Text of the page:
Internal pilots (a.k.a. "eating your own dog food," or "drinking your own champagne") are important tools. But how? What kind of feedback do you get from these exercises, and what sort don't you get?
That's the topic of a new research project that we just launched. While Forrester starts hundreds of new research efforts this year, I'm highlighting this one for two reasons: (1) I'm doing the research, and I think that everything I do is interesting; (2) this is the second time I've done a research project in a very transparent way. From start to finish, we're going to work in the open, to give you, Dear Reader, an opportunity to comment on the research as we do it.
The first project done in this fashion, which investigated "thought leadership" (whatever that means) in the technology industry, resulted in this RoleView document. Along the way, we solicited comments on the basic research plan, the questions we asked our interview subjects, and the content of the document. We threw out questions to Forrester community members along the way, and at the end, we did a brief retrospection on how well we succeeded.
We're Interested In Your Feedback Again. No, Really.
We're following the same game plan this time. Three documents just went live in The Forrester Community For Application Development & Delivery Professionals:
Consumer product strategists hold a wide variety of job titles: product manager, product development manager, services manager, or a variation of general manager, vice president, or even, sometimes, CEO or other C-level title. Despite these varying titles, many of you share a great number of job responsibilities with one another.
We recently fielded our Q4 Global Consumer Product Strategy Research Panel Online Survey to 256 consumer product strategy professionals from a wide variety of industries. Why do this? One reason was to better understand the job responsibilities that you, in your role, take on every day. But the other reason was to help you succeed: By benchmarking yourself against peers, you can identify new job responsibilities for growth, improve your effectiveness, and ultimately advance your career.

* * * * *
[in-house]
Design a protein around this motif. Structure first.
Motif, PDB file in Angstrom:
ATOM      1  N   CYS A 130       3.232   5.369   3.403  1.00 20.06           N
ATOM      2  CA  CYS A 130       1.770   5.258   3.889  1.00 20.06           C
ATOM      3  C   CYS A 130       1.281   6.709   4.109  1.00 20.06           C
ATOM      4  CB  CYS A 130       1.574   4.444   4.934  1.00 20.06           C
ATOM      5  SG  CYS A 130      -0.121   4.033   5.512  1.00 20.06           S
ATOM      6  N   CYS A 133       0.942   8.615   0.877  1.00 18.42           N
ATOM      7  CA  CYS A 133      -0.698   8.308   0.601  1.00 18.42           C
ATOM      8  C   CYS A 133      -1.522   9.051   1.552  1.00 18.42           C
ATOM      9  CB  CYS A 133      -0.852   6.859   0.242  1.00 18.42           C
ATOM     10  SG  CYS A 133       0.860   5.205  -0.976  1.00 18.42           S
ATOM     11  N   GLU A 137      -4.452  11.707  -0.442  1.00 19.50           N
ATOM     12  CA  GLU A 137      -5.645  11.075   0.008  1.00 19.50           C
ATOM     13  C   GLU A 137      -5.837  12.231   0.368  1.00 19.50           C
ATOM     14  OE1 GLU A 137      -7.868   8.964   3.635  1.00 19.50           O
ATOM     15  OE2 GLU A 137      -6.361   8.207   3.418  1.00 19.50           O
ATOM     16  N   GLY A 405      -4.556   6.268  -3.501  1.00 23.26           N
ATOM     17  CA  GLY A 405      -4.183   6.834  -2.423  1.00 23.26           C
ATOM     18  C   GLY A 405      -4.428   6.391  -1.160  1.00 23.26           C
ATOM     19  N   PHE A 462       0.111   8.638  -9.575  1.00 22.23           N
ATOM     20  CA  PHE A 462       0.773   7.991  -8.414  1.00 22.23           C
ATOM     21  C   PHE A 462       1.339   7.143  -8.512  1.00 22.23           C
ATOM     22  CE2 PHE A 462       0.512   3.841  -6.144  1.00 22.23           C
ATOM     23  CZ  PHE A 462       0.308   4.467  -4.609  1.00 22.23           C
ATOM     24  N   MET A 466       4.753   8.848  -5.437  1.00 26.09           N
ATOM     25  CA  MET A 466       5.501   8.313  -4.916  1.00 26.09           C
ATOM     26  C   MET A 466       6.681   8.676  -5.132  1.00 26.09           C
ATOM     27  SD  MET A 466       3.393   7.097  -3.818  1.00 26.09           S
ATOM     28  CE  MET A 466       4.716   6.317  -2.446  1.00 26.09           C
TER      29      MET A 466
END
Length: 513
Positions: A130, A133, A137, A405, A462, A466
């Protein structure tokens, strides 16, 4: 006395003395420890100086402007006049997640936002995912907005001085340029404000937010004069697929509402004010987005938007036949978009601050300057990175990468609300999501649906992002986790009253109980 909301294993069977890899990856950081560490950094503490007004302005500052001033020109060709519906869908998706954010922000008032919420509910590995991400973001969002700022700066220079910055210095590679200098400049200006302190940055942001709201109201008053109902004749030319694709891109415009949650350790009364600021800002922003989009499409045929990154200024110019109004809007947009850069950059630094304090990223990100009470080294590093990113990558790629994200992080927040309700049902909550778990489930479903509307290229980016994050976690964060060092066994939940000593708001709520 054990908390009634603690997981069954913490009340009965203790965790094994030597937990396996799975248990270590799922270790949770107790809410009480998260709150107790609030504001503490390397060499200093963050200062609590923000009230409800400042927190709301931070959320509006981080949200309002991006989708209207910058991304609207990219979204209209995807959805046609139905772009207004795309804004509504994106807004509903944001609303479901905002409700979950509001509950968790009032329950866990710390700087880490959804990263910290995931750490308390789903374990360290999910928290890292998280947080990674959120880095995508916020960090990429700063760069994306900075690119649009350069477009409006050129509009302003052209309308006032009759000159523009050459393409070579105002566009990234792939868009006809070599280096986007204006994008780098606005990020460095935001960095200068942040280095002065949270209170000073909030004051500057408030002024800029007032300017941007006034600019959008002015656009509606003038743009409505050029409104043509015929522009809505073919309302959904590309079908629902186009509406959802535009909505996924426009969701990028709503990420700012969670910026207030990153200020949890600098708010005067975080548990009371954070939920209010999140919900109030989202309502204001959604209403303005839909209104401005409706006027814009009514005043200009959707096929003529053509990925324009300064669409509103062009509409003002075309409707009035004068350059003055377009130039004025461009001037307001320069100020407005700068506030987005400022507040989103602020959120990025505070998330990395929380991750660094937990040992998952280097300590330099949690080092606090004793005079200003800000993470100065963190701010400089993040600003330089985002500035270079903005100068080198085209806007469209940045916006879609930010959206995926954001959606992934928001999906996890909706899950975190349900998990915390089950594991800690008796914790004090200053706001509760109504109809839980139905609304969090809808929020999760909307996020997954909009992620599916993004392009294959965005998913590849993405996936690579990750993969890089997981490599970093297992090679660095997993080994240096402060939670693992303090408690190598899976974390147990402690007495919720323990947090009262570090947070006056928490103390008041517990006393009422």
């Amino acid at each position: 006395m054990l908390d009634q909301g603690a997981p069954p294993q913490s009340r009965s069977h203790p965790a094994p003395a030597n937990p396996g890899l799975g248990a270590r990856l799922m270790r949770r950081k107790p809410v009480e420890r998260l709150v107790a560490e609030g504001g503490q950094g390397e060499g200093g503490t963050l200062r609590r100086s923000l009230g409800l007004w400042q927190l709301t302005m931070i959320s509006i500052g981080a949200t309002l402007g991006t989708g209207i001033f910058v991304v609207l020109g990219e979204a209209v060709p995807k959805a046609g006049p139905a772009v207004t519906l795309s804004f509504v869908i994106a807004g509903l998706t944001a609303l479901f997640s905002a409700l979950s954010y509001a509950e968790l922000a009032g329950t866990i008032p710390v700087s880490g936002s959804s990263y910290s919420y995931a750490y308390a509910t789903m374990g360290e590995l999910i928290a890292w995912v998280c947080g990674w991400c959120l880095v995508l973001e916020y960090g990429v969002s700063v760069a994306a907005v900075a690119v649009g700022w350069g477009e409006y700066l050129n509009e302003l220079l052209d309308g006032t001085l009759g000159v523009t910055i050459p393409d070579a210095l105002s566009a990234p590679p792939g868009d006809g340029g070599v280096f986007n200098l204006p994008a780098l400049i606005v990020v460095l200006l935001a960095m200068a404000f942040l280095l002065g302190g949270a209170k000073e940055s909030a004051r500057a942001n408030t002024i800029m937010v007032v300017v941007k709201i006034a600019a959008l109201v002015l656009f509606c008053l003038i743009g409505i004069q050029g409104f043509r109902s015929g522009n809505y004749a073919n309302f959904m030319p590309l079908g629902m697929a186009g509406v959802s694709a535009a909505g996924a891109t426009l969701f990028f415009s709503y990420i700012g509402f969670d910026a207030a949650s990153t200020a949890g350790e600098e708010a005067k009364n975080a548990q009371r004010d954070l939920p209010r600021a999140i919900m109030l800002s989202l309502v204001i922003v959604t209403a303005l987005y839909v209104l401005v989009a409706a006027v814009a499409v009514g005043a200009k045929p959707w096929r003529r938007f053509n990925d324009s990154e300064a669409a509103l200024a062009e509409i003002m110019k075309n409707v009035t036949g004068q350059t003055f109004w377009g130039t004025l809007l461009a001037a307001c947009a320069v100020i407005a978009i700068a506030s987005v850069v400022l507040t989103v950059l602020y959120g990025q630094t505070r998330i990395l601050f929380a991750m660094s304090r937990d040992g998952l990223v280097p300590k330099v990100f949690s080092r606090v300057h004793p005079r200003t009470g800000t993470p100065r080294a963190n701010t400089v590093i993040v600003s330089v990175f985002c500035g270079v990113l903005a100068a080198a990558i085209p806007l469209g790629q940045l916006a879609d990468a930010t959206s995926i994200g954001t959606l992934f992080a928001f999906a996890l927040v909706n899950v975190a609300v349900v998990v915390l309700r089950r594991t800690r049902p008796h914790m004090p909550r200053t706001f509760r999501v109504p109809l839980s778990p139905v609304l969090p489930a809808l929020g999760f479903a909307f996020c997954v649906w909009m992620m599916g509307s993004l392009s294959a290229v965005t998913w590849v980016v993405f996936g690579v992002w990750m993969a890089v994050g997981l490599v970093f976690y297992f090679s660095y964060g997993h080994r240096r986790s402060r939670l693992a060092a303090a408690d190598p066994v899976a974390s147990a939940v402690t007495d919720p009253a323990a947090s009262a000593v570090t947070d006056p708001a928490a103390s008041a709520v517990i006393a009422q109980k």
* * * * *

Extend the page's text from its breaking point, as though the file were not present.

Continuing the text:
What did we find out? The bottom line is that consumer product strategy jobs are pretty tough. We found a wide range of skills are required to do the job well, since consumer product strategists are expected to:
Drive innovation. Consumer product strategists are front-and-center in driving innovation, which ideally suffuses the entire product life cycle. Being innovative is a tall task, but all of you are expected to be leaders here.
Think strategically... You've got to have a strategic view of your markets, identifying new concepts and business models and taking a long-term view of tomorrow's products.
...but execute as a business person. While thinking strategically, you generally have to execute tactically as well. You're business unit owners. At the senior-most levels, you hold the P&L for the product or portfolio of products.
I am attending Nokia World in London. For those of you not familiar with this event, that’s usually the conference where Nokia shares its vision and strategy, announces new products and services, and demonstrates its latest innovation. This is also an interesting opportunity to hear thought leaders share their vision of the mobile industry (this year, Sir Tim Berners-Lee). See the agenda here.
The 2010 edition is already unique in Nokia’s history due to the recent appointment of Stephen Elop as the new CEO and yesterday’s resignation of Anssi Vanjoki, currently EVP of Nokia's Mobile Solutions unit. Needless to say there is lots of speculation about Nokia’s future. Let me wrap up some thoughts:
It’s precisely all about organizational and cultural issues. No one should be surprised to see other departures as well as the arrival of new executives close to the newly appointed CEO. Nokia’s real challenge is to make sure these changes are implemented quickly enough -- without totally disrupting existing processes -- to keep pace with innovation. The simple fact that Nokia appointed a non-Finnish CEO, coming from the US and from Microsoft and the software industry, is another acknowledgment that Silicon Valley has become the new mobile innovation hub. Nokia’s cultural heritage is precisely to constantly reinvent itself. Tectonic shifts are shaking up the traditional mobile ecosystem, and Nokia needs to be much more agile to compete with the likes of Google and Apple.